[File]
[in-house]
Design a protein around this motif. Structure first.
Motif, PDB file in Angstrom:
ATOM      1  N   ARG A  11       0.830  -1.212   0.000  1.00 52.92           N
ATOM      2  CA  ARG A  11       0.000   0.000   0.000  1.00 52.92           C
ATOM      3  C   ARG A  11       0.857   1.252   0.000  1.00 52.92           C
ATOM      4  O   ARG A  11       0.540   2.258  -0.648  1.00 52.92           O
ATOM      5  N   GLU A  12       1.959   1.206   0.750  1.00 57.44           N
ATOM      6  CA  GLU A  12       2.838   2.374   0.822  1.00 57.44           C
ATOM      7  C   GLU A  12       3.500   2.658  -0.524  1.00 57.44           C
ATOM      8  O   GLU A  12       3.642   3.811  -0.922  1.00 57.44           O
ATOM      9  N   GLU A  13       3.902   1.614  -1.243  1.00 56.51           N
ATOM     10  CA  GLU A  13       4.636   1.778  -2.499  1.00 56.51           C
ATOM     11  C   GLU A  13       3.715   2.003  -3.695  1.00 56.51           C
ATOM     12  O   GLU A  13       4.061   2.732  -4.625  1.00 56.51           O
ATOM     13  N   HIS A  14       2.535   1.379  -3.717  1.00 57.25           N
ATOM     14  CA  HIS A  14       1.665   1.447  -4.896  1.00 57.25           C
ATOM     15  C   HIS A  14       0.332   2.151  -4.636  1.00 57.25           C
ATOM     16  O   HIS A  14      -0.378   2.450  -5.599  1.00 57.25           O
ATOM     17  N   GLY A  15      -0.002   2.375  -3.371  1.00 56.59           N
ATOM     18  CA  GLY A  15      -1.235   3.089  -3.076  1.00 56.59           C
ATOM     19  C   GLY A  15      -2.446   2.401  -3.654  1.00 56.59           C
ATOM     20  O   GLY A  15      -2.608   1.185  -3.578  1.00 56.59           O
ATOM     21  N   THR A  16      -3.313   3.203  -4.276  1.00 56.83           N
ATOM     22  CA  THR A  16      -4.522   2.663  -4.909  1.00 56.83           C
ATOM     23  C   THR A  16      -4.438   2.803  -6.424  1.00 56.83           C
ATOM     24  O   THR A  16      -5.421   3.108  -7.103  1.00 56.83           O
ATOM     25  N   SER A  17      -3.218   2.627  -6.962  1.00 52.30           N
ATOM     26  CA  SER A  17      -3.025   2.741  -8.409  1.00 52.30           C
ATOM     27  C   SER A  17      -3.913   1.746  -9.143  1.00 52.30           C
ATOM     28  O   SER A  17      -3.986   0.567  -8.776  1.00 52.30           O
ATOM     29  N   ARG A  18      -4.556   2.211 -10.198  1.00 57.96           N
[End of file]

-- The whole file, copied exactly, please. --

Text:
[in-house]
Design a protein around this motif. Structure first.
Motif, PDB file in Angstrom:
ATOM      1  N   ARG A  11       0.830  -1.212   0.000  1.00 52.92           N
ATOM      2  CA  ARG A  11       0.000   0.000   0.000  1.00 52.92           C
ATOM      3  C   ARG A  11       0.857   1.252   0.000  1.00 52.92           C
ATOM      4  O   ARG A  11       0.540   2.258  -0.648  1.00 52.92           O
ATOM      5  N   GLU A  12       1.959   1.206   0.750  1.00 57.44           N
ATOM      6  CA  GLU A  12       2.838   2.374   0.822  1.00 57.44           C
ATOM      7  C   GLU A  12       3.500   2.658  -0.524  1.00 57.44           C
ATOM      8  O   GLU A  12       3.642   3.811  -0.922  1.00 57.44           O
ATOM      9  N   GLU A  13       3.902   1.614  -1.243  1.00 56.51           N
ATOM     10  CA  GLU A  13       4.636   1.778  -2.499  1.00 56.51           C
ATOM     11  C   GLU A  13       3.715   2.003  -3.695  1.00 56.51           C
ATOM     12  O   GLU A  13       4.061   2.732  -4.625  1.00 56.51           O
ATOM     13  N   HIS A  14       2.535   1.379  -3.717  1.00 57.25           N
ATOM     14  CA  HIS A  14       1.665   1.447  -4.896  1.00 57.25           C
ATOM     15  C   HIS A  14       0.332   2.151  -4.636  1.00 57.25           C
ATOM     16  O   HIS A  14      -0.378   2.450  -5.599  1.00 57.25           O
ATOM     17  N   GLY A  15      -0.002   2.375  -3.371  1.00 56.59           N
ATOM     18  CA  GLY A  15      -1.235   3.089  -3.076  1.00 56.59           C
ATOM     19  C   GLY A  15      -2.446   2.401  -3.654  1.00 56.59           C
ATOM     20  O   GLY A  15      -2.608   1.185  -3.578  1.00 56.59           O
ATOM     21  N   THR A  16      -3.313   3.203  -4.276  1.00 56.83           N
ATOM     22  CA  THR A  16      -4.522   2.663  -4.909  1.00 56.83           C
ATOM     23  C   THR A  16      -4.438   2.803  -6.424  1.00 56.83           C
ATOM     24  O   THR A  16      -5.421   3.108  -7.103  1.00 56.83           O
ATOM     25  N   SER A  17      -3.218   2.627  -6.962  1.00 52.30           N
ATOM     26  CA  SER A  17      -3.025   2.741  -8.409  1.00 52.30           C
ATOM     27  C   SER A  17      -3.913   1.746  -9.143  1.00 52.30           C
ATOM     28  O   SER A  17      -3.986   0.567  -8.776  1.00 52.30           O
ATOM     29  N   ARG A  18      -4.556   2.211 -10.198  1.00 57.96           N